At the other end of the spectrum, you’ve got SIGFOX and LoRa and so forth, that take a sliver of the solutions at the bottom end of the market.

We want the 80% in the middle. We really don’t see anybody that can really attack that 80% in the middle, especially as the cellular companies are moving to 4G. They’re going to give people more and more power, and more and more data at higher and higher prices when no-one needs it.

When we sold Raco we had 1,600 customers in 71 countries, about 20,000 products being run under those 1,600 customers. The vast majority of them could run today on an RPMA® network. Very, very few needed the top end, and very few would be satisfied with that low end experience. We’re in a unique position and we’re going after that 80% in the middle.

M2M Now: You’re obviously not the first to have dedicated yourselves to creating a network specifically for M2M. I’m thinking of the likes of Aeris. Presumably, the differentiation is the non-cellular side?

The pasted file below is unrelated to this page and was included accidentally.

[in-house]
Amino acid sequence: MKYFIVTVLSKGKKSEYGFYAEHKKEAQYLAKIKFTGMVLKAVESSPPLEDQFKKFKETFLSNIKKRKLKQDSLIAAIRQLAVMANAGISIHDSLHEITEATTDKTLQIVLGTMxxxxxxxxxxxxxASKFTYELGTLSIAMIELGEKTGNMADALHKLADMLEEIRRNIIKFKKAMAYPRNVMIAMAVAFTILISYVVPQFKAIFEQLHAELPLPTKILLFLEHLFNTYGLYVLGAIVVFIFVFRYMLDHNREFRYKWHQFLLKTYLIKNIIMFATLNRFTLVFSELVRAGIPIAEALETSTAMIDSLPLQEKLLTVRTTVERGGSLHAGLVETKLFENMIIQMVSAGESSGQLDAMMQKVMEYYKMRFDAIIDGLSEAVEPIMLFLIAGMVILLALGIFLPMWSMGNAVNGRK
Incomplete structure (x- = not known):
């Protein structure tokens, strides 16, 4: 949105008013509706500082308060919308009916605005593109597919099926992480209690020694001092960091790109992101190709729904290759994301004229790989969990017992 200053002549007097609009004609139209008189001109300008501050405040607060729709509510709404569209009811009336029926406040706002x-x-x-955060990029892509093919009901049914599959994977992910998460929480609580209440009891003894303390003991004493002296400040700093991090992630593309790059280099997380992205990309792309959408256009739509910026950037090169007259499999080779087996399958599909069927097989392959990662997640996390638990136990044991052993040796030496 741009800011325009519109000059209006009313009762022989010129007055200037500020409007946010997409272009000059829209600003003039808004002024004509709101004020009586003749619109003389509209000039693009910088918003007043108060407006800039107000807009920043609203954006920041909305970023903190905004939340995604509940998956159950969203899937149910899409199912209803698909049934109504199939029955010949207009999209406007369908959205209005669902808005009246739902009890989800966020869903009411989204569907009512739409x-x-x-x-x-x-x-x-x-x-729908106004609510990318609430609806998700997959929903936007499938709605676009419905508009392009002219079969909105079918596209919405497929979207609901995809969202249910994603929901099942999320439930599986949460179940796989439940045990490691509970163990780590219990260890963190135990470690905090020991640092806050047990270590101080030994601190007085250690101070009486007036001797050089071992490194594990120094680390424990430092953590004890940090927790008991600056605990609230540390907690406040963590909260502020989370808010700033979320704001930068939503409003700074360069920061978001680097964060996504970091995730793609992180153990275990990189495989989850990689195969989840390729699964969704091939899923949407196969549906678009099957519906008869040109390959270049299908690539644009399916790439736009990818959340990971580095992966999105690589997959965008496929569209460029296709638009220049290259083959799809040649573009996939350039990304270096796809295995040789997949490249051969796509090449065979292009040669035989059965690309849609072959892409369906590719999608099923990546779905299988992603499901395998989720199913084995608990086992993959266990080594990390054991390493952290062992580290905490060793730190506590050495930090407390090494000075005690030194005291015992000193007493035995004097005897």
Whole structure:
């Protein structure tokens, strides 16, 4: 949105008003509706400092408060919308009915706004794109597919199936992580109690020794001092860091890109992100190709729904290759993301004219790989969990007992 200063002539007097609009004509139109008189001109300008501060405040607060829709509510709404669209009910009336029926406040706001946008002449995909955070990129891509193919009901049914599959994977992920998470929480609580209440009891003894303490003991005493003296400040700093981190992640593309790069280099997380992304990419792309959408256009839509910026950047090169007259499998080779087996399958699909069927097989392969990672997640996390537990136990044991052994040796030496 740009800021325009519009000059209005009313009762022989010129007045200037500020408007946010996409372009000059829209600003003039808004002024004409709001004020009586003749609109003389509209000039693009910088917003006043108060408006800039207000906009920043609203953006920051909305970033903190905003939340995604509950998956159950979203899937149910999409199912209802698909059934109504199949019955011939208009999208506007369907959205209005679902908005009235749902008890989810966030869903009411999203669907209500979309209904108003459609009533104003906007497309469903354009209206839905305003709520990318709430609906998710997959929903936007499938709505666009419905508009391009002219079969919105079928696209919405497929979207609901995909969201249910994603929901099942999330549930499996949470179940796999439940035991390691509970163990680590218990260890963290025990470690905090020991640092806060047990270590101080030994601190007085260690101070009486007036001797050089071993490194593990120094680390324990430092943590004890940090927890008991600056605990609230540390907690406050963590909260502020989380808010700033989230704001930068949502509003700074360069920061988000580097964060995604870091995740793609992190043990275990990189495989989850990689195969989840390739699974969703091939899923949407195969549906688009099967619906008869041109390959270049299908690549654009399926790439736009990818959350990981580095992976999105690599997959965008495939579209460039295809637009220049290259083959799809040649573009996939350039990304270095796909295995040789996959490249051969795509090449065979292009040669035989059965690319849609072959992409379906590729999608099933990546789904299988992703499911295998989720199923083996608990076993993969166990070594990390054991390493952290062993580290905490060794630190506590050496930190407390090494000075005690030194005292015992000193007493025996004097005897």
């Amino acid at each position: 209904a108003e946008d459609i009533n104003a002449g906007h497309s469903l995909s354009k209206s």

JH: Well, everybody that’s tried to do it has done it with cellular technology, other people’s IT, cobbling together multiple different pieces to try to create a network.

We’re an entire ecosystem. We own all the IT. It works. It’s been working for years. It works all over the world. We aren’t recreating anything here. All we’re doing is taking something that we’ve built at private network levels and creating a machine network, public network.

Many of our private networks are bigger than multiple states in the United States, they’re huge. So we know how to cover the big areas of land. We know how to cover areas where there is massive, dense populations.

We have an access point on a tower on the tallest building in downtown LA (Los Angeles). We cover 30 sq mi of downtown LA with one access point, one tower. We know how to do it in dense populations.